In a straight-talking, down-to-business brief, Jim Blackburn, co-director of Rice University’s Severe Storm Prediction, Education and Evacuation from Disaster Center, spells out the steps that need to be taken to better protect the Houston area from future flooding, including everything from coordinated buyouts, to redrawn floodplain maps and changes to state and local development practices.
“All residents of Houston and Harris County were complicit in the creation of these problems because we allowed them to happen,” writes Blackburn, professor of the practice of environmental law in the civil and environmental engineering department. “It is time for those of us affected by this action to take a role in our future.”
Detailing his vision for change, Blackburn notes that such large-scale efforts will likely require “significant private sector assistance,” and indeed, one of his proposals is the creation of a non-profit dedicated to flood resilience to help push for everything from honestly assessing the “severity of storms that may be facing us in the future” to developing flood warning systems.
But he also sees a big role for government at all levels to step up, starting with the federal government and its funding.
With estimates of the damages rising above $50 billion for Texas, Congress approved some $7.4 billion shortly after Harvey and looks likely to pass another $36.5 billion in a larger package but the governor was critical that it did not include specific allocations for Harvey relief. In response, members of the Texas delegation later released a statement saying some $15 billion in the package could go to benefit recovering Texans.
Though many have said the federal government is unlikely to provide the full amount identified as needed by the region and state, Blackburn says the money could still go a long way if used strategically.
“The highest priority is money for buyouts, primarily through the Federal Emergency Management Agency,” writes Blackburn in the report co-published by the Baker Institute for Public Policy and the Kinder Institute for Urban Research. Part of that urgency comes from the fact that the Addicks and Barker reservoirs are considered two of the six most dangerous in the country. “We need these dams repaired and restored to first-class condition,” urges Blackburn.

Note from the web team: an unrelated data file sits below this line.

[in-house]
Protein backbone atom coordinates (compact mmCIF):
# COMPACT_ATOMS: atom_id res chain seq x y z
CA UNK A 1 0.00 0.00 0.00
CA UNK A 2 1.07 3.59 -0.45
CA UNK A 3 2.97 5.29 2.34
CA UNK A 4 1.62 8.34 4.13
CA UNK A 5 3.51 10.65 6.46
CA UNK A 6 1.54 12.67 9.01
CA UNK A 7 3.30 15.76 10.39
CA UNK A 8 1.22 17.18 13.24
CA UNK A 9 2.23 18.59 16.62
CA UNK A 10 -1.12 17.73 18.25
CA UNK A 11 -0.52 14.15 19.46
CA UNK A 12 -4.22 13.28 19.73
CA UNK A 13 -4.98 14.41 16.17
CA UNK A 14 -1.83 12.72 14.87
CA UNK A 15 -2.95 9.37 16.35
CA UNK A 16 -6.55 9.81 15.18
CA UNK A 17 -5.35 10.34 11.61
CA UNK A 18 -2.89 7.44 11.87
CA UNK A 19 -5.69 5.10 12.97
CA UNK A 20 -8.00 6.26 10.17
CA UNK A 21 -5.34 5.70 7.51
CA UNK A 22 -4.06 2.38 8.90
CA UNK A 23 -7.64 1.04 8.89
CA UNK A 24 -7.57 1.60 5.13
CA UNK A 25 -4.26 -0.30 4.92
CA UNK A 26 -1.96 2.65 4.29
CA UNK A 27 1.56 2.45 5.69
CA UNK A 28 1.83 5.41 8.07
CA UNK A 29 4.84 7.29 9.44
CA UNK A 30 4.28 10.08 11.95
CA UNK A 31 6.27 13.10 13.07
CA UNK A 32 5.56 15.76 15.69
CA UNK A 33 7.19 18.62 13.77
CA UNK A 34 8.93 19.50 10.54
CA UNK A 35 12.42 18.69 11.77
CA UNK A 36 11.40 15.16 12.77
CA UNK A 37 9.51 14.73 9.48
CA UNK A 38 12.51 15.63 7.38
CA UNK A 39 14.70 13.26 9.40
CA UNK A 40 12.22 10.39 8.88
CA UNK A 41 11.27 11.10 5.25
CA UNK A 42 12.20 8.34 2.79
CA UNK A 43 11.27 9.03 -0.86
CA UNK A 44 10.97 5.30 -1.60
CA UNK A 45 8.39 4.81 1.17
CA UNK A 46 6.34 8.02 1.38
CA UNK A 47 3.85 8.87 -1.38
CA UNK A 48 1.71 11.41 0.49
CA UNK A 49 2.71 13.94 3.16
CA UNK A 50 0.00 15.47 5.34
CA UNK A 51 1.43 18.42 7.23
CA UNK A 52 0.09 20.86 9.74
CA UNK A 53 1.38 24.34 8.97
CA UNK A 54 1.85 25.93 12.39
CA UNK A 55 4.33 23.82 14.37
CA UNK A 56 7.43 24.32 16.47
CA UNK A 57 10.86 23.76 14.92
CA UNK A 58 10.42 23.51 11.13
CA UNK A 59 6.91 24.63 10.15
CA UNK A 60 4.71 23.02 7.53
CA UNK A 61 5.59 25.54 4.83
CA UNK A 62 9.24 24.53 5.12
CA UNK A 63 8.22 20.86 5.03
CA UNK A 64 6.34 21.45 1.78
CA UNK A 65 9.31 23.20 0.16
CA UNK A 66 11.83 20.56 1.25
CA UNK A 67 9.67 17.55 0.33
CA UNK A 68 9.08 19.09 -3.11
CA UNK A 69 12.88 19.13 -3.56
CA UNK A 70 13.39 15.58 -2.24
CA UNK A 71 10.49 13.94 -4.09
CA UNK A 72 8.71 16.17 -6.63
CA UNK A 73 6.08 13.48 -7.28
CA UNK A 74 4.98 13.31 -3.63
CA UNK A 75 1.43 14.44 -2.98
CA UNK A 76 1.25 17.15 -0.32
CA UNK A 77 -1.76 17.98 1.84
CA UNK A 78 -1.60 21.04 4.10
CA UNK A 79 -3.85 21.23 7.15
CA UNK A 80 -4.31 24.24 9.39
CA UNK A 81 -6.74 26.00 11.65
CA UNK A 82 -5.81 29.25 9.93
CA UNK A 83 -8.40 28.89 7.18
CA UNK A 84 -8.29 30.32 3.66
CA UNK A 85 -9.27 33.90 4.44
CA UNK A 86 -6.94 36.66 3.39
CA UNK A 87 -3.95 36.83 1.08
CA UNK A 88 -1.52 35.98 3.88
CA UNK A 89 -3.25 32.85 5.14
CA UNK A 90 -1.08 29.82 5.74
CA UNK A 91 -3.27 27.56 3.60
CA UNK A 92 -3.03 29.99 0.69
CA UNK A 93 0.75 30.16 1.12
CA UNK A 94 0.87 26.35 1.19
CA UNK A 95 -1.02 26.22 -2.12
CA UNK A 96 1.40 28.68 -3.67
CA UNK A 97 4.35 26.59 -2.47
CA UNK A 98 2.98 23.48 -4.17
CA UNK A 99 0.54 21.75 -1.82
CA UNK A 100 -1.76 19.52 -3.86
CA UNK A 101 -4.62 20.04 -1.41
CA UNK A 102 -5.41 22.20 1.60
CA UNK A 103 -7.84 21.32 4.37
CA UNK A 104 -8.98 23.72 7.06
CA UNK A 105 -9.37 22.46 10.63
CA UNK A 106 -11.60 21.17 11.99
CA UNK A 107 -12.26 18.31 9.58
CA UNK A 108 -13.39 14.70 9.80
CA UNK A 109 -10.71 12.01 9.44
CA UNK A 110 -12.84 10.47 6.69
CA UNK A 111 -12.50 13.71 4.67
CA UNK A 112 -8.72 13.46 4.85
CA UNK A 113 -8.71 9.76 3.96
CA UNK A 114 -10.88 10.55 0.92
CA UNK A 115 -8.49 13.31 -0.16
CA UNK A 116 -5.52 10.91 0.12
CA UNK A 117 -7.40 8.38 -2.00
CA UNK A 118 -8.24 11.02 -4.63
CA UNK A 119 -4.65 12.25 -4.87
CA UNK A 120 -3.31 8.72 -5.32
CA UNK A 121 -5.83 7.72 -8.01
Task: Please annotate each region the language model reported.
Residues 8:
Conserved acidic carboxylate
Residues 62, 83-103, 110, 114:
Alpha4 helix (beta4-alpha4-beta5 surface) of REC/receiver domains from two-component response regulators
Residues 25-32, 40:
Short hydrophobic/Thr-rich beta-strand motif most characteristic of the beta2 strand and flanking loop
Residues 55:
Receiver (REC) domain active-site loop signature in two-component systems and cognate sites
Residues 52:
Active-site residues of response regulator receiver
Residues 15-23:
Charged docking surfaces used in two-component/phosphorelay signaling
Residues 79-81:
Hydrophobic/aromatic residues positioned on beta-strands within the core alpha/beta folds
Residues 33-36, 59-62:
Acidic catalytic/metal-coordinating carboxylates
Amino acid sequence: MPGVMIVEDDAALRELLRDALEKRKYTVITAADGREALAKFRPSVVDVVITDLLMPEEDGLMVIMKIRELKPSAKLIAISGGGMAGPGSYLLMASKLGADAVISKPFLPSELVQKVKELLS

Second on his list is funding for the mid-bay alternative, a proposal created by the SPPEED center that offers similar storm surge protections as the Ike Dike but at a significantly reduced cost.
And third on the list are changes to the federal flood insurance program, including suspending the current arrangement that allows Harris County to do its own floodplain mapping. “There is no doubt that our 100-year rainfall used to guide construction of roads and buildings and to determine protection levels for industry and hazardous waste is too small,” writes Blackburn. Maps based on underestimates of rainfall “are essentially obsolete on arrival,” adds Blackburn, “a situation that guarantees future flooding.”
At the state level, Blackburn calls on the state legislature to change a part of the Local Government Code that has allowed Harris County to essentially not build flood mitigation projects it collected an impact fee for from developers. Citing a specific instance on White Oak Bayou, Blackburn writes, “Harris County charged developers an impact fee to be paid in lieu of building a detention pond.” That money was then supposed to be used to create a “regional” detention pond but the county did not raise enough money, according to Blackburn, and so the reservoir was never actually built. This later worsened flooding downstream, argues Blackburn.
Homeowners who are flooded downstream through a governmental “taking” now have little legal recourse, according to Blackburn, but a statute or statewide vote on a constitutional amendment could change that.